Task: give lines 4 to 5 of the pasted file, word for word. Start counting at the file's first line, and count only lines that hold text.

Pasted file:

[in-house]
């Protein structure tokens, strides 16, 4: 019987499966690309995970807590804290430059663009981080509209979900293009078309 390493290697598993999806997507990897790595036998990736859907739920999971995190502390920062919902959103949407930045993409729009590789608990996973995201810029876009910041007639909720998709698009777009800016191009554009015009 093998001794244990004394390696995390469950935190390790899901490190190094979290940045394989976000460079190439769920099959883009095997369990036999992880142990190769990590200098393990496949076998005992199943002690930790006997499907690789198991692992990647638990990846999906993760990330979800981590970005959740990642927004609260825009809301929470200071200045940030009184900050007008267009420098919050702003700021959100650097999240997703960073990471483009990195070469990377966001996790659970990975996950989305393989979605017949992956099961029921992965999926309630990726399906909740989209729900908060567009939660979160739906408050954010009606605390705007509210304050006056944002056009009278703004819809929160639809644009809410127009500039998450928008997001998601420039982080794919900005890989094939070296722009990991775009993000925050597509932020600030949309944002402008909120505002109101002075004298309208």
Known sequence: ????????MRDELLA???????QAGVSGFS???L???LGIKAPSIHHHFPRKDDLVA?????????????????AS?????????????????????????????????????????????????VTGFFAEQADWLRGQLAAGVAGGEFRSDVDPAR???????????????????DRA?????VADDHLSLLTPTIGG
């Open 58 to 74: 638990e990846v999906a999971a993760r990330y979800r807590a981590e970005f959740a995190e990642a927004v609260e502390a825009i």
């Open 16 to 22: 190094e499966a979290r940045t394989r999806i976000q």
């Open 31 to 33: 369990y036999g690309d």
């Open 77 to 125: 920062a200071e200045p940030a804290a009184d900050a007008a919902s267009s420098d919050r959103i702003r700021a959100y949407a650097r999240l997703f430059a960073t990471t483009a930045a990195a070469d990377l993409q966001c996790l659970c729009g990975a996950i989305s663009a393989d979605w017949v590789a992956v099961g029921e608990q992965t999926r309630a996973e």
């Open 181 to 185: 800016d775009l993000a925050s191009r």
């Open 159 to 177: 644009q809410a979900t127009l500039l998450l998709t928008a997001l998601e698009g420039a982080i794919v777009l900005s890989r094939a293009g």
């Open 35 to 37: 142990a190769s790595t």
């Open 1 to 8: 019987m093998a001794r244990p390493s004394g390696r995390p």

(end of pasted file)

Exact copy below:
């Open 58 to 74: 638990e990846v999906a999971a993760r990330y979800r807590a981590e970005f959740a995190e990642a927004v609260e502390a825009i």
């Open 16 to 22: 190094e499966a979290r940045t394989r999806i976000q």